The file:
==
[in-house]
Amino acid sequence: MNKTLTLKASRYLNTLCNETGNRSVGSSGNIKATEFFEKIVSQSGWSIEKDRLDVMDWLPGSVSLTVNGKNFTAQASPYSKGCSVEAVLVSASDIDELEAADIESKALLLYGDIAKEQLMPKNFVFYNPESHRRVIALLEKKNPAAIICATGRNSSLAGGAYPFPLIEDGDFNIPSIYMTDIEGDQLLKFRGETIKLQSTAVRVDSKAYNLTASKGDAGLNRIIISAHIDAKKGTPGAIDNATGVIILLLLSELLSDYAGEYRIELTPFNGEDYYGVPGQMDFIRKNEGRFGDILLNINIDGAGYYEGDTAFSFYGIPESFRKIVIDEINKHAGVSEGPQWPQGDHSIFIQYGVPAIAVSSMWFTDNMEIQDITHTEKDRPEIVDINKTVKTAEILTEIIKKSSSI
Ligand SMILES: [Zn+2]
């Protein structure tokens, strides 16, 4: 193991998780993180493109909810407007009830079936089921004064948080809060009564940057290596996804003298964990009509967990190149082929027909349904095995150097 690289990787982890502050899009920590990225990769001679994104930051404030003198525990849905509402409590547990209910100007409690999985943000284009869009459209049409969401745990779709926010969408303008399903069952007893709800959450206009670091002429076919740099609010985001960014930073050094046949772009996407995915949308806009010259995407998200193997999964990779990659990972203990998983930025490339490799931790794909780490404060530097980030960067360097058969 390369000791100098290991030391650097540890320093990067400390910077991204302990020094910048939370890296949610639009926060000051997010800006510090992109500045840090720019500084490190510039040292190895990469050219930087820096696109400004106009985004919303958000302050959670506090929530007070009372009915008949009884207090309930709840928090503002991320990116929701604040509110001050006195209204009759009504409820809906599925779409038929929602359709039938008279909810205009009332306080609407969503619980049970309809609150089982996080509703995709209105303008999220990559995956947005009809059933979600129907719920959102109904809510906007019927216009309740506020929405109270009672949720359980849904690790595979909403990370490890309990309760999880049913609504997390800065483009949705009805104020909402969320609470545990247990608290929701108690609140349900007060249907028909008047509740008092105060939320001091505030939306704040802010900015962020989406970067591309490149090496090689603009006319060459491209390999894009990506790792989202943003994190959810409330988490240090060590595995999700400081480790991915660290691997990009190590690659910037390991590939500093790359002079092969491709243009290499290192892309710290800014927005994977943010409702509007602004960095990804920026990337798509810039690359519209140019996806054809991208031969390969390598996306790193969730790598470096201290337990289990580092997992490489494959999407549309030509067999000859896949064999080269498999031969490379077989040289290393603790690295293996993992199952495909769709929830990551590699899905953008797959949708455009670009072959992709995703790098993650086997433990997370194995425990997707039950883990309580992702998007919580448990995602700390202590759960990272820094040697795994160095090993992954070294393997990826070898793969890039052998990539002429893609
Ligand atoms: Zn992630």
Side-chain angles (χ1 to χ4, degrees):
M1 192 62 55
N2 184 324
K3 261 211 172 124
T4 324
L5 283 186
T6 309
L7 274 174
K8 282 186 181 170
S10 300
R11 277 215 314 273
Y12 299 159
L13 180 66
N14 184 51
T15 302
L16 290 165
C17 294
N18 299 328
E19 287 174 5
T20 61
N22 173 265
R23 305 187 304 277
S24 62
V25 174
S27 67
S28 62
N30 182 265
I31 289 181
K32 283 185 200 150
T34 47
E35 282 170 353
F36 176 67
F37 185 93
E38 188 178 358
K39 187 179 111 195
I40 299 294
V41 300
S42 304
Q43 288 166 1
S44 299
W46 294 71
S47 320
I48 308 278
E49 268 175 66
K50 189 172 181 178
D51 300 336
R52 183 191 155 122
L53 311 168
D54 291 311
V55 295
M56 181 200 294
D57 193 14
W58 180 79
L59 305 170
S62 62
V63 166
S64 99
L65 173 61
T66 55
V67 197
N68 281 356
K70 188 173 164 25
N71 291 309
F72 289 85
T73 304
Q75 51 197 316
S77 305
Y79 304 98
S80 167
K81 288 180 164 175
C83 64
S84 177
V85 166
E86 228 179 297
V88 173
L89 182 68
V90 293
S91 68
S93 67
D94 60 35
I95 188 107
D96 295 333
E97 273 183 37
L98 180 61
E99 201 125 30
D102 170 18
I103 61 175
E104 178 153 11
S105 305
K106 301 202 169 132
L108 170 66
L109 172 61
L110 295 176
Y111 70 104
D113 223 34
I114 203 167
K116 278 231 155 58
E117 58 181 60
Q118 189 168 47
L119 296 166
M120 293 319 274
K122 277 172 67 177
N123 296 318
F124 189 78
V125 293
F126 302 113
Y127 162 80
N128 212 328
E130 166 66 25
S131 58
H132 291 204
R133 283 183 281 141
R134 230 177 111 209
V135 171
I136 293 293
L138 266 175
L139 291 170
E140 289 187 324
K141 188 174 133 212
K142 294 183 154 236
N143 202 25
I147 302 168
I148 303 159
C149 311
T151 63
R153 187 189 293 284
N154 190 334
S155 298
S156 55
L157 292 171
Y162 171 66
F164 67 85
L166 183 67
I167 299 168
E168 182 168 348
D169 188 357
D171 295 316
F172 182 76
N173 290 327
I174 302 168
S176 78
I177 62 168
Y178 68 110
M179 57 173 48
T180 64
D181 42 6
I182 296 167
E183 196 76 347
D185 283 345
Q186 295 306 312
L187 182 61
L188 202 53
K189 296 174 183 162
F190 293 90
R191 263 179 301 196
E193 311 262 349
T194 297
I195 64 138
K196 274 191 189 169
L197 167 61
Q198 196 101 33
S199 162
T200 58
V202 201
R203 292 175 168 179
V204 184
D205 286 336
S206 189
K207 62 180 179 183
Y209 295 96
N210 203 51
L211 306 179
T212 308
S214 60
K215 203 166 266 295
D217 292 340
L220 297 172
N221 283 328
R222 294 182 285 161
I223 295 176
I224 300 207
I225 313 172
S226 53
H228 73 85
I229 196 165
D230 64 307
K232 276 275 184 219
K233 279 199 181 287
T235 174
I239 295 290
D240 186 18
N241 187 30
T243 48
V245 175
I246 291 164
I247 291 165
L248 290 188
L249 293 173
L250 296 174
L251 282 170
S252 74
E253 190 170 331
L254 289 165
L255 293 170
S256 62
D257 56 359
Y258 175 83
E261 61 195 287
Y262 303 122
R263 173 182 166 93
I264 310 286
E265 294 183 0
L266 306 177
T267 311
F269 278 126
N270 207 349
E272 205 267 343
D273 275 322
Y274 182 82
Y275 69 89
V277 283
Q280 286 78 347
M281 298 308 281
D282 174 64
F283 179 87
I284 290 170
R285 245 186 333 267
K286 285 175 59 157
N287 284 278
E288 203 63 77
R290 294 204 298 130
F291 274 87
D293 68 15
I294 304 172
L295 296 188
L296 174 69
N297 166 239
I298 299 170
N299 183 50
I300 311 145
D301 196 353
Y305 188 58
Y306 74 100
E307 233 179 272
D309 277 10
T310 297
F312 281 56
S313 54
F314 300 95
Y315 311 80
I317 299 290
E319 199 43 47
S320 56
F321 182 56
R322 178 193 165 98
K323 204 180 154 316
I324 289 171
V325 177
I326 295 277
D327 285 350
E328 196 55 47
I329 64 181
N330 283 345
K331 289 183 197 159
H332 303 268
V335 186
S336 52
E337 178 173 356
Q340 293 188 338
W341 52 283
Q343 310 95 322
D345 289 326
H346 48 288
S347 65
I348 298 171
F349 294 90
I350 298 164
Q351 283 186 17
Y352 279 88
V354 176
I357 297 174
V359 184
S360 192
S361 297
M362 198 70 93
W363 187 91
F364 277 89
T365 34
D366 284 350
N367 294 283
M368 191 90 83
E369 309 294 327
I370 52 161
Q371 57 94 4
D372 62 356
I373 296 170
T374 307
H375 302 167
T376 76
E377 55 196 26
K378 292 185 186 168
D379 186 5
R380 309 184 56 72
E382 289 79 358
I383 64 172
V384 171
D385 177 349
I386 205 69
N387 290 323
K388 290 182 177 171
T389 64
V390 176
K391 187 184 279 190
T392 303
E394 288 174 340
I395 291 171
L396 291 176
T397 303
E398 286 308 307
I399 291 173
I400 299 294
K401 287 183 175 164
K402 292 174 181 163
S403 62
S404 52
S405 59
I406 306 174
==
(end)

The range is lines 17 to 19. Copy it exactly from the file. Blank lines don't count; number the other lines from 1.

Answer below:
Y12 299 159
L13 180 66
N14 184 51